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chemechemall, v.a.s.is to be urinated on.
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debsechall, v.a.s.is to be speared.
debsechall a kirel medebusech; dubsechii a debusech, melebusech a debusech, debsechel a seseb.
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edongel, v.a.s.is to be coaxed into doing something; is to be flattered/whetted/sharpened; easily flattered.
edongel a chad el di beot el mo oumera a diak le mera el chetengakl; edengii, edengel.
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ocheduall, v.a.s.is to be cut with scissors; is to be picked up with tongs.
ocheduall a kirel el mochadu; bail a ocheduall; omechadu er ngii.
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State Verbs with Related Nouns

In English, a common thing to do is to ask 'how XXXX is something,' where XXXX is an adjective. For example, 'how hot is that,' or 'how dangerous is that,' are common English expressions.

This is true in Palauan as well in a form like, 'ng uangarang a kleldelel,' which translates literally perhaps to something like, 'it is like what, its heat,' or figuratively as, 'how hot is it.' The word kleldelel is a possessed noun meaning 'its heat.' See the nouns page for a longer explanation of possessed nouns.

Many of these Palauan nouns have related state verbs which translate to, and are used as, English adjectives. Here is a list of seven random Palauan nouns along with their corresponding state verbs.

Palauan_NounEngish_NounPalauan_AdjEnglish_Adj
martilionghammer.martiliongclumsy; ungraceful; untalented; (person) blunt or hard-hitting (in his words).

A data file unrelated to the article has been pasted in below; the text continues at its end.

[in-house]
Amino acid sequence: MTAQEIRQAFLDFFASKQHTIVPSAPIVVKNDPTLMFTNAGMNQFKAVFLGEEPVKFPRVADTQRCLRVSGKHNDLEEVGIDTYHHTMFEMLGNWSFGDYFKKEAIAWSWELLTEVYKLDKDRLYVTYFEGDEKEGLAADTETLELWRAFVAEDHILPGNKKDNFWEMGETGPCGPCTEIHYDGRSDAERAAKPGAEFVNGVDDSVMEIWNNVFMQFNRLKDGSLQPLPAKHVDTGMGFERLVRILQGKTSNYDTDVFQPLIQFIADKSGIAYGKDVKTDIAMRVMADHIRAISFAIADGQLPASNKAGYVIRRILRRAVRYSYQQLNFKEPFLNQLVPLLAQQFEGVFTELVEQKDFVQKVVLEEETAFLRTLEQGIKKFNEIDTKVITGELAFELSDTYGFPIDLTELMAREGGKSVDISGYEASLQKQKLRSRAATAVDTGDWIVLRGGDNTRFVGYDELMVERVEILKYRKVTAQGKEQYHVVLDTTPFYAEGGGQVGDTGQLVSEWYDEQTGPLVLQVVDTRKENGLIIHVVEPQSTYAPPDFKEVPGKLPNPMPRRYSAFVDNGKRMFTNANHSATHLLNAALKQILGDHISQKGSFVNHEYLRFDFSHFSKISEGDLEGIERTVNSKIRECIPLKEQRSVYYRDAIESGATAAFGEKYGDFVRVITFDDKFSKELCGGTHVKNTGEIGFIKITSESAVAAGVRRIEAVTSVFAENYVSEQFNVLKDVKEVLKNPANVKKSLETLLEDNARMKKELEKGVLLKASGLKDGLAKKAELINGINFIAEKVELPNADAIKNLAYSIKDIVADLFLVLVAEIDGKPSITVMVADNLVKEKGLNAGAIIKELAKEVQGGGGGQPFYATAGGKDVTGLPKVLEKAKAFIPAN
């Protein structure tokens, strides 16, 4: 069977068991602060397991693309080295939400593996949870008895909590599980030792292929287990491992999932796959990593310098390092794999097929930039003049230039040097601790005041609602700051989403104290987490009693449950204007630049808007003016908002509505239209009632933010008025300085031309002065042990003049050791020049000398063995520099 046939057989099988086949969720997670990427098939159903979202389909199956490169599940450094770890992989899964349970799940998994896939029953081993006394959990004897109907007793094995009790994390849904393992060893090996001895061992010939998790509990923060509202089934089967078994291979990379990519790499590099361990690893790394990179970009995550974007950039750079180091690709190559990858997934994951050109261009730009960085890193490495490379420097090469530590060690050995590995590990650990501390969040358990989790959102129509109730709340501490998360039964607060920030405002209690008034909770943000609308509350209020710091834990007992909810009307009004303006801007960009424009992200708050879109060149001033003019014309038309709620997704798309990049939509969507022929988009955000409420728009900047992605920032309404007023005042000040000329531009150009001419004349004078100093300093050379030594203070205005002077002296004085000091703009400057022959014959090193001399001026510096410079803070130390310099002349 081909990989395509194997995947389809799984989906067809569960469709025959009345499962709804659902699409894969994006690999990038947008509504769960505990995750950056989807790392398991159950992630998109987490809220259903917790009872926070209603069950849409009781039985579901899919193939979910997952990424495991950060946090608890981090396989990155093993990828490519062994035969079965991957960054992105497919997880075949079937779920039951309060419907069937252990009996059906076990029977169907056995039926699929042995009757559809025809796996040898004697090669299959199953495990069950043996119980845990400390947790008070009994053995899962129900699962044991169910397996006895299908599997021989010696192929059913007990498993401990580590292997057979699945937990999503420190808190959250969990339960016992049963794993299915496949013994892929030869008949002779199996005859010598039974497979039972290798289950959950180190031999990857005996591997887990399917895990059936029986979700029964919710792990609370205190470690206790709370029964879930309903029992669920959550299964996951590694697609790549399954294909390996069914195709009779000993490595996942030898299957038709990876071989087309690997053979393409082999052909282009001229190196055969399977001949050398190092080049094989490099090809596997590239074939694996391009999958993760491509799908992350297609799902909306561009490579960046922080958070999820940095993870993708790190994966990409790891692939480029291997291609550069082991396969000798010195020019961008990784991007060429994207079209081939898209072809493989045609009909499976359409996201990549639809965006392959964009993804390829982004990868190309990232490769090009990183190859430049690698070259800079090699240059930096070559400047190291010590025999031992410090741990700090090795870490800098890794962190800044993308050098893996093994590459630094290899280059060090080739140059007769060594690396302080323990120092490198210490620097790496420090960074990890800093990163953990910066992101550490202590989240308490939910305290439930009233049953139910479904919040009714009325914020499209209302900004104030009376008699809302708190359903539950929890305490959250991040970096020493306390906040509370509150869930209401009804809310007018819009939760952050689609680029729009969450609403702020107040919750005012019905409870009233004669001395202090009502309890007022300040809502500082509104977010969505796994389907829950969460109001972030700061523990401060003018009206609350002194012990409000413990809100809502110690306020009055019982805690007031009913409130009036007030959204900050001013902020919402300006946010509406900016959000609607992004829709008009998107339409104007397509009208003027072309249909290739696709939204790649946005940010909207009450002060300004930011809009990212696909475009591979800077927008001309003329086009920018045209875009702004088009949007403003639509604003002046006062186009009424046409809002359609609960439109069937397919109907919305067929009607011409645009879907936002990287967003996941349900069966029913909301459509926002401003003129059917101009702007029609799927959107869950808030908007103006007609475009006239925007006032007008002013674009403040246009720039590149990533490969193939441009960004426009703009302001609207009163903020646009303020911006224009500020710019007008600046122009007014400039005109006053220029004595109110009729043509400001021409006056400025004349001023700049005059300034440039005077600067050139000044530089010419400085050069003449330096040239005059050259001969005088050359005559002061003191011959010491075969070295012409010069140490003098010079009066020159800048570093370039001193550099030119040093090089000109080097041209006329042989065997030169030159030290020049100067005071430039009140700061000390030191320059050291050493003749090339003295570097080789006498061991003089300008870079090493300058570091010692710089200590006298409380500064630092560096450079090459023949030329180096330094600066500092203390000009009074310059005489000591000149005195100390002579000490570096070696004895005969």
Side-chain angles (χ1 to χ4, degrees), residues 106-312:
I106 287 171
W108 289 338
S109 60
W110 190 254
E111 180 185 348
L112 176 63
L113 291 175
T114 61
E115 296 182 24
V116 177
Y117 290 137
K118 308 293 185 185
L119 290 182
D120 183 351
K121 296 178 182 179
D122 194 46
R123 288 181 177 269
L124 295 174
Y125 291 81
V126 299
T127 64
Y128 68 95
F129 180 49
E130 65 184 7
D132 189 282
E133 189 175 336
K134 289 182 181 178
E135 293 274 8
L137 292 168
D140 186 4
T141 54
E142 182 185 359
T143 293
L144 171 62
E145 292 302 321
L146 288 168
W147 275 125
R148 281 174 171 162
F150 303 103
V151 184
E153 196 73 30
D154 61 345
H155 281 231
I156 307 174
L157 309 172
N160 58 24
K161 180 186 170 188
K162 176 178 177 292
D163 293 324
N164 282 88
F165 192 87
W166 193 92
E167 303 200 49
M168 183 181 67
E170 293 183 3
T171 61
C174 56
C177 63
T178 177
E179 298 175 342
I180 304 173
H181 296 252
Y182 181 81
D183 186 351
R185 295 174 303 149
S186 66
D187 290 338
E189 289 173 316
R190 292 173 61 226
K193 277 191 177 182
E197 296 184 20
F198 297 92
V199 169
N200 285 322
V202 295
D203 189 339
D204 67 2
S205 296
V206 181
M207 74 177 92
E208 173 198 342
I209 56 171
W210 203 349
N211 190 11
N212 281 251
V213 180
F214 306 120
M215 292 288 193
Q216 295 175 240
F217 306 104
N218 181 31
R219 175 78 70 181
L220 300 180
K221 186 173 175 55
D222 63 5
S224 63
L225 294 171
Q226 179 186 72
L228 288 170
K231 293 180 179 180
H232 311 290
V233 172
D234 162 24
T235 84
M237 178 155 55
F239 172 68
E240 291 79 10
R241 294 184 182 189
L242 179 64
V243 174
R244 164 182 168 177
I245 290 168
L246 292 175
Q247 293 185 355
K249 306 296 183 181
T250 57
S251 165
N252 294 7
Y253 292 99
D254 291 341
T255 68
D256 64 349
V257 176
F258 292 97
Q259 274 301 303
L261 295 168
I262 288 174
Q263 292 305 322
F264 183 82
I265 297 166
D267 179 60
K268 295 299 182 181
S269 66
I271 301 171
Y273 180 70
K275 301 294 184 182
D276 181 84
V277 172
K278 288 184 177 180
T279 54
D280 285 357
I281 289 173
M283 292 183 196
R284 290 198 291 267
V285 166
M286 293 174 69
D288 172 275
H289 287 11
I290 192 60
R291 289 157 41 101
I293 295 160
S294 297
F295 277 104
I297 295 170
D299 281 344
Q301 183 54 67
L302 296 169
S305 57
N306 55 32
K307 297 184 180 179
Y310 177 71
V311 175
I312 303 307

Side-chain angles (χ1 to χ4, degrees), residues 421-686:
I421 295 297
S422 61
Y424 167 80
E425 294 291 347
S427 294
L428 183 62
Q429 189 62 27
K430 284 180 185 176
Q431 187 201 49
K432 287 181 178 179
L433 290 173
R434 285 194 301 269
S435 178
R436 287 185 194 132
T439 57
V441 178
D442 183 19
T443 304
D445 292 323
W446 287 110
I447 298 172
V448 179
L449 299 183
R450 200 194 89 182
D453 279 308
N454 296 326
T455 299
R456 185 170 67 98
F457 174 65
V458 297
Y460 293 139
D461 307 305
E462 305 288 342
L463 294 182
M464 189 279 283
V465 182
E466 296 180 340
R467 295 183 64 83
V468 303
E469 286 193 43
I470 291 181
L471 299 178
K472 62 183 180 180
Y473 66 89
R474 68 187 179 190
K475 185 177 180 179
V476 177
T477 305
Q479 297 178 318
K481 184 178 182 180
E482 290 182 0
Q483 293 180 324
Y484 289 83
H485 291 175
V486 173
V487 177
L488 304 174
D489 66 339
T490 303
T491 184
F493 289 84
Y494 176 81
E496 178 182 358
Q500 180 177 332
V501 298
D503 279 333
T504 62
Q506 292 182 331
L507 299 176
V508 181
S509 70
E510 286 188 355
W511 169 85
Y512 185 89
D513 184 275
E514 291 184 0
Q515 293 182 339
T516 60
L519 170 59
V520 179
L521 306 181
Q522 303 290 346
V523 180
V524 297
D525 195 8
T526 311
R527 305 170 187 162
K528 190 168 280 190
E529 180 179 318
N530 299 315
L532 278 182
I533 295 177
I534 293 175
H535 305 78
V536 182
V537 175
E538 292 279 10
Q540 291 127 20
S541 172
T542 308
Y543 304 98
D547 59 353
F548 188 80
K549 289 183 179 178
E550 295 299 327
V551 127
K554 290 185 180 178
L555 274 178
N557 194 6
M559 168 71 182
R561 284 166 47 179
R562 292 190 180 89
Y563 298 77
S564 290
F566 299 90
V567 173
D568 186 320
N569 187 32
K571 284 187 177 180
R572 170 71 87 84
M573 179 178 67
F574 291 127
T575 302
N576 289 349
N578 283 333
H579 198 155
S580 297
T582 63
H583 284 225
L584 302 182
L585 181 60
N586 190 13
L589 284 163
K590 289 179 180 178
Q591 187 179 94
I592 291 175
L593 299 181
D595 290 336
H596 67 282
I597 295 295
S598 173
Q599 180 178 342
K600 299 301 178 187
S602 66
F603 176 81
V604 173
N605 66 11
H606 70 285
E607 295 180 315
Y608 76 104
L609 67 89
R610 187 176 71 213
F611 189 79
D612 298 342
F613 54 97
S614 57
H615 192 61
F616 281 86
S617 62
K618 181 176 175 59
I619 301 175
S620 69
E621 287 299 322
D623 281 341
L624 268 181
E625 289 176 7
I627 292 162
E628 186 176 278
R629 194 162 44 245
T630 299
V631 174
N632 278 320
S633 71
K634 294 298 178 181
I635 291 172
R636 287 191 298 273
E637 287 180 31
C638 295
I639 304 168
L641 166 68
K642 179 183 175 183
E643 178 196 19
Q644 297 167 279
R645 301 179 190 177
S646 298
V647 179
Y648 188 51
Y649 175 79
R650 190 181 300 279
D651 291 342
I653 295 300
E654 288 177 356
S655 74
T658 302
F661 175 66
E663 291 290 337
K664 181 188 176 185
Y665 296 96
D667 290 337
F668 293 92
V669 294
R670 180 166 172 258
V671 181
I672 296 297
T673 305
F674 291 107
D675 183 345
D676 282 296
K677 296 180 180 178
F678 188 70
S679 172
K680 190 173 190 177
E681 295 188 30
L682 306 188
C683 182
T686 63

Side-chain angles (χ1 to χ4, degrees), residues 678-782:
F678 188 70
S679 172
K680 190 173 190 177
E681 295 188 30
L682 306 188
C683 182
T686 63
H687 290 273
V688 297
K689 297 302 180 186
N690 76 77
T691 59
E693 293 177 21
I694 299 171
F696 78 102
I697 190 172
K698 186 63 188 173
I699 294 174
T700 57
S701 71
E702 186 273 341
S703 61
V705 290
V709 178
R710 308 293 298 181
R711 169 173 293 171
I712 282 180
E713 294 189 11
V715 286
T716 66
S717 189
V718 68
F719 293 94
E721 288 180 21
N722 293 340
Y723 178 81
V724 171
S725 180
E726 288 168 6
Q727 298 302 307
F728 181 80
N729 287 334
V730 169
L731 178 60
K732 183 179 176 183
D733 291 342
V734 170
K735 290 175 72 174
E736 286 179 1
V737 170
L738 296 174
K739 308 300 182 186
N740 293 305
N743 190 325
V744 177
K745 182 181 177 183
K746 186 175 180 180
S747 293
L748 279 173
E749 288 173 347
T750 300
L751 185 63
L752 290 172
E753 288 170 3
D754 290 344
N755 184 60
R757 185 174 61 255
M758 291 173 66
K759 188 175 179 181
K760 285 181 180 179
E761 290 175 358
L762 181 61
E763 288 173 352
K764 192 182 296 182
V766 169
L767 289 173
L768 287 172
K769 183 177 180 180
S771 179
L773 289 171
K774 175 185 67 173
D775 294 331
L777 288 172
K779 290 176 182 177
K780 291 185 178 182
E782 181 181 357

smuuchscorpion fish (hardly moves in water).smuuchscorpion fish (hardly moves in water).
chudelgrass.chudelgrass.
chullrain; rainy season.chullrainy.
chemaiongdragonfly.chemaiongdragonfly.
lebfuzz (on leaf) of plant (e.g.; sugar cane; grass); plant in coffee family; shyness.meleblebitchy; prickly; covered with fuzz of plant.
siktcluster/bunch of fruit.mesiktbe in a cluster (used only in mesikt el btuch).

Reng Idioms as Adjectives

There are many Palauan expressions which use a state verb to describe the Palauan word reng which means spirit or heart. These are idioms which mean their literal and figurative meanings are not the same. Typically, but not always, the figurative meaning describes an emotion. An example is kesib a reng, which literally means a sweaty heart but figuratively it means to be angry. Here is a list of seven random examples of these reng idioms:

PalauanEnglish
luut er a rengulanything causing one to lose one's resolve.
bechedechudel a rengulirritable.
bechelechelingaol a rengulselfish; greedy; stingy; self-centered.
kesib a rengulangry.
mechedeng a rengulget surprised, puzzled or perplexed (by someone's behavior, etc.).
mesbeda a rengul(person) come to realize or accept (fact, etc.).
beralm a rengullazy; unmotivated; unconcerned; uncaring.